July 17, 2011
It may be time to rebrand Congress as the new CTU, although when it comes to who in D.C. should play agent Jack Bauer we are still unsure. The reason is that this morning we get two diametrically opposing fictions about the latest reality on the debt ceiling. On the one hand we read in the LA Times that, “Republican leaders in the House have begun to prepare their troops for politically painful votes to raise the nation’s debt limit, offering warnings and concessions to move the hard-line majority toward a compromise that would avert a federal default. For weeks, GOP conservatives, particularly in the House, have issued demands about what they would require in exchange for their votes to increase the debt limit… Unwilling to risk the economic and political consequences of a federal default, which could come as early as Aug. 2, they have started the difficult process of standing down.”
That, however is not what The Hill heard: “House Republican leaders have missed a 36-hour deadline President Obama set during a Thursday meeting for lawmakers to give him a plan to avert a national default. The deadline came and went Saturday morning without a response from House Speaker John Boehner (R-Ohio). Instead, Boehner and House Majority Leader Eric Cantor (R-Va.) plan to move the Cut, Cap and Balance Act on the floor next week, which would require passage of a balanced budget amendment to the Constitution before the debt limit is raised. A House GOP leadership aide said at noontime Saturday that Boehner and Cantor did not send Obama a revised proposal to raise the debt-limit, as the president requested.” So which is it? And has M. Night Shyamalan been retained to write the surprise twist ending to this nail-biter? We doubt it. Unfortunately, we are still convinced the republicans, under the “wise” defection of Mitch McConnell will fold, Obama will get what he wants, and the republican tough stance will go up in a puff of smoke leading to an even great loss of credibility for the GOP. There is less than 168 hours in which we can be proven wrong. We hope we are, but we doubt it.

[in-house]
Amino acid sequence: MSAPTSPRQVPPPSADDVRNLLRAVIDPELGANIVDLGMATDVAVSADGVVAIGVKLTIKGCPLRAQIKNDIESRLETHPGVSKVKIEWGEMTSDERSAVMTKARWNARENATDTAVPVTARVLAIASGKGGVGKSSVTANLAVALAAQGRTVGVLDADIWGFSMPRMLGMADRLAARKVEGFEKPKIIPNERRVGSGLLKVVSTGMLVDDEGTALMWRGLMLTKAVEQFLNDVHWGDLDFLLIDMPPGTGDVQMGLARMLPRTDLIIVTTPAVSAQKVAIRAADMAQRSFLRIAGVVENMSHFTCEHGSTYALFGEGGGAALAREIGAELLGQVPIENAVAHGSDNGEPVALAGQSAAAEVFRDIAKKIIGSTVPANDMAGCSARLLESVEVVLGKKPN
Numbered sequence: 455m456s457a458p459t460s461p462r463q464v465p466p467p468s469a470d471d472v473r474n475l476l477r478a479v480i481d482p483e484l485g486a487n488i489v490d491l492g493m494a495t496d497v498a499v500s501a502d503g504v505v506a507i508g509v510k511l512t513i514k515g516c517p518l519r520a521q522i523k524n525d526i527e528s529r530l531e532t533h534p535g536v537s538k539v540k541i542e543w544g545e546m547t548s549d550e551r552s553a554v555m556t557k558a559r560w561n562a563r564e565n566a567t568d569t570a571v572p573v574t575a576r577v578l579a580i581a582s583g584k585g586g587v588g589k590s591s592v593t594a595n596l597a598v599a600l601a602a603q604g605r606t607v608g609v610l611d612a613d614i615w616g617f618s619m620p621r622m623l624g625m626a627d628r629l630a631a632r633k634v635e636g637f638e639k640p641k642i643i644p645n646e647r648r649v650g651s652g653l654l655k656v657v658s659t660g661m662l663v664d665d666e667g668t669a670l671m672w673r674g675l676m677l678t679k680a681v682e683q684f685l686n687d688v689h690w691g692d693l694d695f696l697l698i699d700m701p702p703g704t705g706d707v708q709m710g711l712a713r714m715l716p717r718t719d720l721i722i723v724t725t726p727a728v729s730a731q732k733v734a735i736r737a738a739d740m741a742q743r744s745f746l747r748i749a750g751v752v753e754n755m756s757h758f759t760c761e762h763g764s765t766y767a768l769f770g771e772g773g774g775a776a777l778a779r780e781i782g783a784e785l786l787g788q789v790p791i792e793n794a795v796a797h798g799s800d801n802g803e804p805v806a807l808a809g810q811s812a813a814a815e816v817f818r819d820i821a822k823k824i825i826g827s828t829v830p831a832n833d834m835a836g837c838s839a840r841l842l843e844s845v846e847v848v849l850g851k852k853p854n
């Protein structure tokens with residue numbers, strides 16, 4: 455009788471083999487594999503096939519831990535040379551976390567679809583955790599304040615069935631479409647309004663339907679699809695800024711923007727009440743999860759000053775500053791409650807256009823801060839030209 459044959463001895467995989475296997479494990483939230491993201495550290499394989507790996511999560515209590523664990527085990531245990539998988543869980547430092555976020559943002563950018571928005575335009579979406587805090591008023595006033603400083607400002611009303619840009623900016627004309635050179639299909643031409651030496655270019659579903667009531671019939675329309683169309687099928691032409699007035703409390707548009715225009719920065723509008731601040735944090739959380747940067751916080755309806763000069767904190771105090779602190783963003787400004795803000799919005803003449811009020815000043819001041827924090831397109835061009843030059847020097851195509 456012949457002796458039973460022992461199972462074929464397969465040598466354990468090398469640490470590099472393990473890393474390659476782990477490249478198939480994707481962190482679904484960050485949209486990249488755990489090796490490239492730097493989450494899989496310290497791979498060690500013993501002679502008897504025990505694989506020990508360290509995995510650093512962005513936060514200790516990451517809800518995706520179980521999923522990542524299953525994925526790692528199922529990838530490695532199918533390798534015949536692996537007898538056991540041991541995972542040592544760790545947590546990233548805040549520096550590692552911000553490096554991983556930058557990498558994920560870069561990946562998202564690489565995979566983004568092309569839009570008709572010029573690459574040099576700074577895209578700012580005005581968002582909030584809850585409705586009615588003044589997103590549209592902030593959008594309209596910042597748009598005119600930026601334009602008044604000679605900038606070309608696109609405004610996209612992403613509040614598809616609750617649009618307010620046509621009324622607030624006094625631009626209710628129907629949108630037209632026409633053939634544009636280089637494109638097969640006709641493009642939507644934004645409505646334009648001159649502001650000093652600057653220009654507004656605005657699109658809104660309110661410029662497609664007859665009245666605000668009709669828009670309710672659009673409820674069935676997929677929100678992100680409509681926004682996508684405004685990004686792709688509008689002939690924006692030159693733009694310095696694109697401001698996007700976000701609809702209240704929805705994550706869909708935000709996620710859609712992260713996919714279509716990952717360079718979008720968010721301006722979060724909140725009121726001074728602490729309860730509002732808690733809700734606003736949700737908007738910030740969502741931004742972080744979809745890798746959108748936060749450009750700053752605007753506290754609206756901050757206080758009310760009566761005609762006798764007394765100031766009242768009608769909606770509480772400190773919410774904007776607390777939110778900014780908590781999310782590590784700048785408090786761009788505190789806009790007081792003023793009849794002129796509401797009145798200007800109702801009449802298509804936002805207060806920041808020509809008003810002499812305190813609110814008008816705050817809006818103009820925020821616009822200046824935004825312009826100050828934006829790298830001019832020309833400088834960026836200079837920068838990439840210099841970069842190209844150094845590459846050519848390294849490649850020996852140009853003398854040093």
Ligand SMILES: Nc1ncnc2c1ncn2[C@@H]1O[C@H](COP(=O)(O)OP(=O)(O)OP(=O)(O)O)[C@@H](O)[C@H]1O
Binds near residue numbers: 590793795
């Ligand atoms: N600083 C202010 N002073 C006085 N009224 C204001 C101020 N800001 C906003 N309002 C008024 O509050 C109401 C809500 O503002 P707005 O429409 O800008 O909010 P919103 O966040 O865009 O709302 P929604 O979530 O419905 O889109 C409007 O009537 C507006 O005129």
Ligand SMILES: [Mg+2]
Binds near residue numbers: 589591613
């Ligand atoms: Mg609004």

Version one of events from the LA Times, in which yet another movie, Star Wars, is invoked:
At a closed-door meeting Friday morning, GOP leaders turned to their most trusted budget expert, Rep. Paul D. Ryan of Wisconsin, to explain to rank-and-file members what many others have come to understand: A fiscal meltdown could occur if Congress fails to raise the debt ceiling.
House Speaker John A. Boehner of Ohio underscored the point to dispel the notion that failure to allow more borrowing is an option.
“He said if we pass Aug. 2, it would be like ‘Star Wars,'” said Rep. Scott DesJarlais, a freshman from Tennessee. “I don’t think the people who are railing against raising the debt ceiling fully understand that.”
The warnings appeared to have softened the views of at least some House members who, until now, were inclined to dismiss statements by administration officials, business leaders and outside economists that the economic impact would be dire if the federal government were suddenly unable to pay its bills.